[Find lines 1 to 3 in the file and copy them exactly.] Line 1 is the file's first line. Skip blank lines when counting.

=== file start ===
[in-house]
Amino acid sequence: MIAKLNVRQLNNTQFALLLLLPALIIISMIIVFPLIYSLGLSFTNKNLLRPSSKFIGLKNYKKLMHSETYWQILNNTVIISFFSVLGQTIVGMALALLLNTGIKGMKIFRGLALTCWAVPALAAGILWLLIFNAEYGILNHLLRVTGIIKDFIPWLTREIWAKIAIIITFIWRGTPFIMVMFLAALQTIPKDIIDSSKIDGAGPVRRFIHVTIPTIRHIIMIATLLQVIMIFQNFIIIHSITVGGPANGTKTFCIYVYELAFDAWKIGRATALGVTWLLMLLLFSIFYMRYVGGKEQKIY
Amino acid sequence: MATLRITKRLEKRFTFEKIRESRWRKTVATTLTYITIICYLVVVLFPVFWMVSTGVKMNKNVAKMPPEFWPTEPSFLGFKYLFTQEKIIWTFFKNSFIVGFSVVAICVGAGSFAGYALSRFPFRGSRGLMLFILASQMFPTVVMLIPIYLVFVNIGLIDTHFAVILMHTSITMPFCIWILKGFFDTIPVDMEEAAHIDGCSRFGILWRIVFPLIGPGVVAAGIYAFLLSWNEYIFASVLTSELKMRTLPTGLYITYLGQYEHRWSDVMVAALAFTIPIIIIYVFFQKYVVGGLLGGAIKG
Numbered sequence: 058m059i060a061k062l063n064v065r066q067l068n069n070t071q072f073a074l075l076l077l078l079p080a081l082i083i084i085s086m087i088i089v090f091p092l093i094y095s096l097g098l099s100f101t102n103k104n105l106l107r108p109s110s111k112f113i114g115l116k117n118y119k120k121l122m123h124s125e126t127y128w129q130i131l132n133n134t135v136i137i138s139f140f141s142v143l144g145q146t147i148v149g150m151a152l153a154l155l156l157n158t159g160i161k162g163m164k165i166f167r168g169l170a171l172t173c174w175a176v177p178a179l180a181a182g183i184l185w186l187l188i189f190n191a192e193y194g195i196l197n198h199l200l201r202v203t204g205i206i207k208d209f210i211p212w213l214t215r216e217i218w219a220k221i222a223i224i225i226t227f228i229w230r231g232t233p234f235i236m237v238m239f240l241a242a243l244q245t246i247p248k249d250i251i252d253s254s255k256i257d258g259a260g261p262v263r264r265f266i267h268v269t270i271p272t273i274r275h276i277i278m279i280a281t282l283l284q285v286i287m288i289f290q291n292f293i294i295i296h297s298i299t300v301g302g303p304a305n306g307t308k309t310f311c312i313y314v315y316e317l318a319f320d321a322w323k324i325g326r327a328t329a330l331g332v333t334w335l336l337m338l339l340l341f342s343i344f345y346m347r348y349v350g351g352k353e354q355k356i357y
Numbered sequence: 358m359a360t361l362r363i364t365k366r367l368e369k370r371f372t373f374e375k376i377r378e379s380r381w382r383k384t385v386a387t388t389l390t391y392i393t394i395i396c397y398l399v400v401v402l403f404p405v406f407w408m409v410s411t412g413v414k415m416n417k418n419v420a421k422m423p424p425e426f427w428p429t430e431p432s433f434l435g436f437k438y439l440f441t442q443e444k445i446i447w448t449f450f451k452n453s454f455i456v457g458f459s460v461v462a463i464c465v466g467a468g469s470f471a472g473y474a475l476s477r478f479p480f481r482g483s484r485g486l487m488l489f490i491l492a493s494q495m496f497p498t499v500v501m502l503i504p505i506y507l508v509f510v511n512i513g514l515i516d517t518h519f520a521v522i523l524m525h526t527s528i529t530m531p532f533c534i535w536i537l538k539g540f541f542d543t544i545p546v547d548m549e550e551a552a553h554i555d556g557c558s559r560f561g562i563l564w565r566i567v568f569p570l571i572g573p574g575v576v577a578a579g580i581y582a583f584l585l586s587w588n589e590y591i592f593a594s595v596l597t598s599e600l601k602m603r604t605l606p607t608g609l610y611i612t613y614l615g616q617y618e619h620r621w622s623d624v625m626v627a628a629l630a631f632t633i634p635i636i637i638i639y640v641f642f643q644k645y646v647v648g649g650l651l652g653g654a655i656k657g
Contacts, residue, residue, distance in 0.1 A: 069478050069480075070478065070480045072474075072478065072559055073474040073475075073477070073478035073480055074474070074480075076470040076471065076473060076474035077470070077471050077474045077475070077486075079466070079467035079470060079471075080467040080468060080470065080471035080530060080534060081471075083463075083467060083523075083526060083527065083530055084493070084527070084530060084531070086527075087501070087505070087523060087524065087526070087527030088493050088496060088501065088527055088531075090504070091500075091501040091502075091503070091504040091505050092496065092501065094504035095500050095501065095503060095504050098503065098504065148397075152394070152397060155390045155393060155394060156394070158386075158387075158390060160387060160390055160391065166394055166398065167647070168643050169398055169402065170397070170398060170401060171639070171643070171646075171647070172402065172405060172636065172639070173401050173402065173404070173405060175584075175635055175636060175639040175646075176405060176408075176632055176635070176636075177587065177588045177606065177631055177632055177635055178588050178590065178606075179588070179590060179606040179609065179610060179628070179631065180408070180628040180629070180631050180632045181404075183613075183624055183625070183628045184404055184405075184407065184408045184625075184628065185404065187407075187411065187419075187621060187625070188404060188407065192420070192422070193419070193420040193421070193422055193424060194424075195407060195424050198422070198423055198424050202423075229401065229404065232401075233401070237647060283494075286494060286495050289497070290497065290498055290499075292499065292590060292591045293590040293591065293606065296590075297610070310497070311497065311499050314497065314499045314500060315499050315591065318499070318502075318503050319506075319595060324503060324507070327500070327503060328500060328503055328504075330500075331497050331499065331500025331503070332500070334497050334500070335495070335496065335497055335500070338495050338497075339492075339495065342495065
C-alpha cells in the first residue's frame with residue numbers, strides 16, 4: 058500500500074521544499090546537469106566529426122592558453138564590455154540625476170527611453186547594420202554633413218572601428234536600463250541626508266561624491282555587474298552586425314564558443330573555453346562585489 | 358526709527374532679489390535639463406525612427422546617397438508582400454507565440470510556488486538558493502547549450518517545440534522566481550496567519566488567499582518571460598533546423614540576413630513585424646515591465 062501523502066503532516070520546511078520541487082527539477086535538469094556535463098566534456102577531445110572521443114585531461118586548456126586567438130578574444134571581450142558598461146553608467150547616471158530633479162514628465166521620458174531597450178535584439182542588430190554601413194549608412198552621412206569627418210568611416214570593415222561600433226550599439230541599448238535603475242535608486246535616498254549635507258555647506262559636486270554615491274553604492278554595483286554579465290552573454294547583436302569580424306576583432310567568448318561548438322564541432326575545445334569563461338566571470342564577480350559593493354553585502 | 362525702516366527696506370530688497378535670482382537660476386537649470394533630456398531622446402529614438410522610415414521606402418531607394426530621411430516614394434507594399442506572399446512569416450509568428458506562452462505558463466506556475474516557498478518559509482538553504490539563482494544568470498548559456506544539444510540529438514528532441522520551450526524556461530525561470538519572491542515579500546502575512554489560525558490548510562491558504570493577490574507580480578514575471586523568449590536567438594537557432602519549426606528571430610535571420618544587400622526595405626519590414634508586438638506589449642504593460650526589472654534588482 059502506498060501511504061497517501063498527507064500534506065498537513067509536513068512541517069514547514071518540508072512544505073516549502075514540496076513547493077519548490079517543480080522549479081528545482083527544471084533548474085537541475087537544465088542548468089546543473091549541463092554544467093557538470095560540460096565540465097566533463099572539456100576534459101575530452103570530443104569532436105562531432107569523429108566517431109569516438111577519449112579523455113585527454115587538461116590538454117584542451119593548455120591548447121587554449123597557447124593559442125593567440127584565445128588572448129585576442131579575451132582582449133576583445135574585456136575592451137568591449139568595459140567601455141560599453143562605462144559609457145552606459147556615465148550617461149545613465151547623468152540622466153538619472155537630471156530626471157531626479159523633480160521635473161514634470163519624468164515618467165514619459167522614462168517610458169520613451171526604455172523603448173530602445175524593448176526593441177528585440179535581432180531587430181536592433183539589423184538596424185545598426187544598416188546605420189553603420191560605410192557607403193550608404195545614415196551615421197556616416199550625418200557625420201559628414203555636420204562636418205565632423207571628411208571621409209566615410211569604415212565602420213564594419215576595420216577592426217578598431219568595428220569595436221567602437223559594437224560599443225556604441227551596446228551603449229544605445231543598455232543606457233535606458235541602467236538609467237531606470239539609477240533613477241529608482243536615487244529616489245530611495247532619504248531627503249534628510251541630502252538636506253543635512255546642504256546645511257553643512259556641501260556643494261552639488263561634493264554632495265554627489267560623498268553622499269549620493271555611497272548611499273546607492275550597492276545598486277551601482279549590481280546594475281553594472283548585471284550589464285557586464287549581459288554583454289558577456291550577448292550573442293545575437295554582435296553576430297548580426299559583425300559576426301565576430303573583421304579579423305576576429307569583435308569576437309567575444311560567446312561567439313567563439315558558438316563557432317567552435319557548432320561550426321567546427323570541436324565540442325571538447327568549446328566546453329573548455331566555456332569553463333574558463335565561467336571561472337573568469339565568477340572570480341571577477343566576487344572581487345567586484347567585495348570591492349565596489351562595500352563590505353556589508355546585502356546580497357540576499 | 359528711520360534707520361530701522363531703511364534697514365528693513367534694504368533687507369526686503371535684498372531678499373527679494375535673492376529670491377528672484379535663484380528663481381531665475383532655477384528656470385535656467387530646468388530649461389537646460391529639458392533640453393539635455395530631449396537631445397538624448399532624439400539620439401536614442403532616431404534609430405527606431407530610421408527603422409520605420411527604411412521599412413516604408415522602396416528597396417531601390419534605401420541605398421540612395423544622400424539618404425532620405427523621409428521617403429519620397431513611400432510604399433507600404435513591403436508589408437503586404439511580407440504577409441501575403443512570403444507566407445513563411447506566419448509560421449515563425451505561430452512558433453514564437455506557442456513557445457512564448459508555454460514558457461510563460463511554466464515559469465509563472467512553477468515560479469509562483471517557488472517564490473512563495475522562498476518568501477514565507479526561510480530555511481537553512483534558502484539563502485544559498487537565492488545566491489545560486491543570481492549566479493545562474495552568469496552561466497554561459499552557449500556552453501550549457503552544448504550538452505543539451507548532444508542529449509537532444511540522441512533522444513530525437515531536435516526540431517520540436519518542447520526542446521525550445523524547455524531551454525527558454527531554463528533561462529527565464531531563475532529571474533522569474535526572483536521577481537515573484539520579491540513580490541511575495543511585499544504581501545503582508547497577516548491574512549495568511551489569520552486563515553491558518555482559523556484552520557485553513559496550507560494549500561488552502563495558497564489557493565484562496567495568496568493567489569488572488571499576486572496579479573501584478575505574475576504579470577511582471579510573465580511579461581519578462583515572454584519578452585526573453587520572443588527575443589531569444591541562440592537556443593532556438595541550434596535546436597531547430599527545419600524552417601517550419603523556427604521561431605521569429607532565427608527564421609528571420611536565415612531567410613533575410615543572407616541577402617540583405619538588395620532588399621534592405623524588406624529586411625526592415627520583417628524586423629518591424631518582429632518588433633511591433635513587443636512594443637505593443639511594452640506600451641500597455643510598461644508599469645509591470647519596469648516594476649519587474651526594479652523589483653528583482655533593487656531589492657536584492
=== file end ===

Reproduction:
[in-house]
Amino acid sequence: MIAKLNVRQLNNTQFALLLLLPALIIISMIIVFPLIYSLGLSFTNKNLLRPSSKFIGLKNYKKLMHSETYWQILNNTVIISFFSVLGQTIVGMALALLLNTGIKGMKIFRGLALTCWAVPALAAGILWLLIFNAEYGILNHLLRVTGIIKDFIPWLTREIWAKIAIIITFIWRGTPFIMVMFLAALQTIPKDIIDSSKIDGAGPVRRFIHVTIPTIRHIIMIATLLQVIMIFQNFIIIHSITVGGPANGTKTFCIYVYELAFDAWKIGRATALGVTWLLMLLLFSIFYMRYVGGKEQKIY
Amino acid sequence: MATLRITKRLEKRFTFEKIRESRWRKTVATTLTYITIICYLVVVLFPVFWMVSTGVKMNKNVAKMPPEFWPTEPSFLGFKYLFTQEKIIWTFFKNSFIVGFSVVAICVGAGSFAGYALSRFPFRGSRGLMLFILASQMFPTVVMLIPIYLVFVNIGLIDTHFAVILMHTSITMPFCIWILKGFFDTIPVDMEEAAHIDGCSRFGILWRIVFPLIGPGVVAAGIYAFLLSWNEYIFASVLTSELKMRTLPTGLYITYLGQYEHRWSDVMVAALAFTIPIIIIYVFFQKYVVGGLLGGAIKG